Storage Station

A bird's eye view of the data storage industry.

Diskeeper Ends Resource Conflicts Among Virtualized Servers

Diskeeper, the company from which Microsoft licenses its defrag utility used in Windows systems, has been known and respected as an expert on enterprise hard-drive defragmentation.

In simple terms, defragmentation is a process that reduces the amount of fragmentation in file systems. It does this by physically organizing the bits of each file closer together -- and as contiguous as possible -- on the disk. It also creates larger regions of free storage space using compaction to impede the return of fragmentation as the disk goes through its daily use.

A "defragged" computer is noticeably faster and more efficient than one that hasn't had this process done in a while. And that's your Green IT lesson for the day.

So here is today's news item: Diskeeper is now taking all that defrag experience and extending it to a new market: optimizing virtual machines. The Burbank, Calif.-based company has begun shipping V-locity, a new virtual platform performance optimizer designed to maximize server speeds on Microsoft's Hyper-V hypervisor.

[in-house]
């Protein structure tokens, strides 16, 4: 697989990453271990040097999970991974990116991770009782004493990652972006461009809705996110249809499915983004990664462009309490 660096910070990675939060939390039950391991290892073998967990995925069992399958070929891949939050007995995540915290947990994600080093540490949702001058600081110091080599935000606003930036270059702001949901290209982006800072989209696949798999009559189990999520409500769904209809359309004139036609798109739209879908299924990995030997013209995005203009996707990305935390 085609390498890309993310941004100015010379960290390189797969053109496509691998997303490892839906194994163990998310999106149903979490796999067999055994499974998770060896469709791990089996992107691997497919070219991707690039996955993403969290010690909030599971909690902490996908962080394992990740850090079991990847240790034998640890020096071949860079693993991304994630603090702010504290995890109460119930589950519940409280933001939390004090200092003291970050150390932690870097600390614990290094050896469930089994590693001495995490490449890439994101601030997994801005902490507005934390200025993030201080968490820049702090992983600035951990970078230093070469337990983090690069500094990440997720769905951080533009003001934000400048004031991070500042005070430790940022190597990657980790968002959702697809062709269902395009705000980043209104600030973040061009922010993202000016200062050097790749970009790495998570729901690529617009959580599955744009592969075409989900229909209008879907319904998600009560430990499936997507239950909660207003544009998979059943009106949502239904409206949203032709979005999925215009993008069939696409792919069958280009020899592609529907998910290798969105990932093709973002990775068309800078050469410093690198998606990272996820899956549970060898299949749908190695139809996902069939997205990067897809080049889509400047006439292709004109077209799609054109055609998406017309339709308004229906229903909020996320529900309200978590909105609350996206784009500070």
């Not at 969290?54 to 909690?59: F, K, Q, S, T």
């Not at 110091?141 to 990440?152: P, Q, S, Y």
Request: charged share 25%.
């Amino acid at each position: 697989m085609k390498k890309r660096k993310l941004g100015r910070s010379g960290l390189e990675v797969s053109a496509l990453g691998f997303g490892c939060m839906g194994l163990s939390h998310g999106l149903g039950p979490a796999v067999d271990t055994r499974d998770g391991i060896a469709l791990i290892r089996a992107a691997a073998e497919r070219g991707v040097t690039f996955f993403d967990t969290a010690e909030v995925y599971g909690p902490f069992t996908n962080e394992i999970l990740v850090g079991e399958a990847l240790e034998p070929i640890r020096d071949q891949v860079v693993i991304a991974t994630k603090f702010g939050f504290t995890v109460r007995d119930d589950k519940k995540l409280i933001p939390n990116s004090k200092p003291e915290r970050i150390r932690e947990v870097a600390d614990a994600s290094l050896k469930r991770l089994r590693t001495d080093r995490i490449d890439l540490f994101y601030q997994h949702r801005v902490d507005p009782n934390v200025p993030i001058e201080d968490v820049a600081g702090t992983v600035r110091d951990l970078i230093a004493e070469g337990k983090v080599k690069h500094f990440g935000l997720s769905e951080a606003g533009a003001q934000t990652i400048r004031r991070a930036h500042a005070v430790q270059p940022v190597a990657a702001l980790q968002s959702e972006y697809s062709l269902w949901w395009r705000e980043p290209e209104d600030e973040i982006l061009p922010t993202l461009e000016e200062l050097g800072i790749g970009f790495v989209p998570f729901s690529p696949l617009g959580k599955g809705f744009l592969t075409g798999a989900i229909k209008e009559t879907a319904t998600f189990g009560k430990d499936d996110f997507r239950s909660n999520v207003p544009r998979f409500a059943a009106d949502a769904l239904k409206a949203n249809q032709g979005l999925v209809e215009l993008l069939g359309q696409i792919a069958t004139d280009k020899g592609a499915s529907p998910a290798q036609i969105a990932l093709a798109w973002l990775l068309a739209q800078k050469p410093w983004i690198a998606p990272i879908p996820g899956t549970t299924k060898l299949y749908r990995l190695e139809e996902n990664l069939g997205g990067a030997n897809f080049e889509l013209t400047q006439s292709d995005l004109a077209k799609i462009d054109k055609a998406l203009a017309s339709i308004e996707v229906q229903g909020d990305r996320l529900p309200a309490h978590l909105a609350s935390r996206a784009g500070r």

V-locity not only performs defragmentation functions in the virtual space, but it also synchronizes -- thus optimizing -- all those complex transactions that take place between host and multiple guest operating systems zillions of times per day.

"The need to go beyond the scope of defragmentation was necessary," Diskeeper Product Manager Michael Materie said, "because when multiple systems share resources on a virtual platform, the 'sharing' among the VMs turns into competition for resources. This problem with VMs is fully addressed with our virtual optimizer."

Diskeeper uses its InvisiTasking processing software to make sure there are no resource conflicts within these virtual machines.

V-locity also frees up storage resources by eliminating something called virtual hard drive "bloat." This is the wasted disk space that results when virtual disks are set to dynamically grow but don't shrink back when users or applications remove data. V-locity compacts the VHD, thereby preventing waste and allowing IT managers to better allocate their virtual storage resources.

If you're looking to run a tighter, more efficient virtualized storage system, you probably should check this out. Go here for more information.

Chris Preimesberger

Chris J. Preimesberger

Chris J. Preimesberger is Editor-in-Chief of eWEEK and responsible for all the publication's coverage. In his 15 years and more than 4,000 articles at eWEEK, he has distinguished himself in reporting...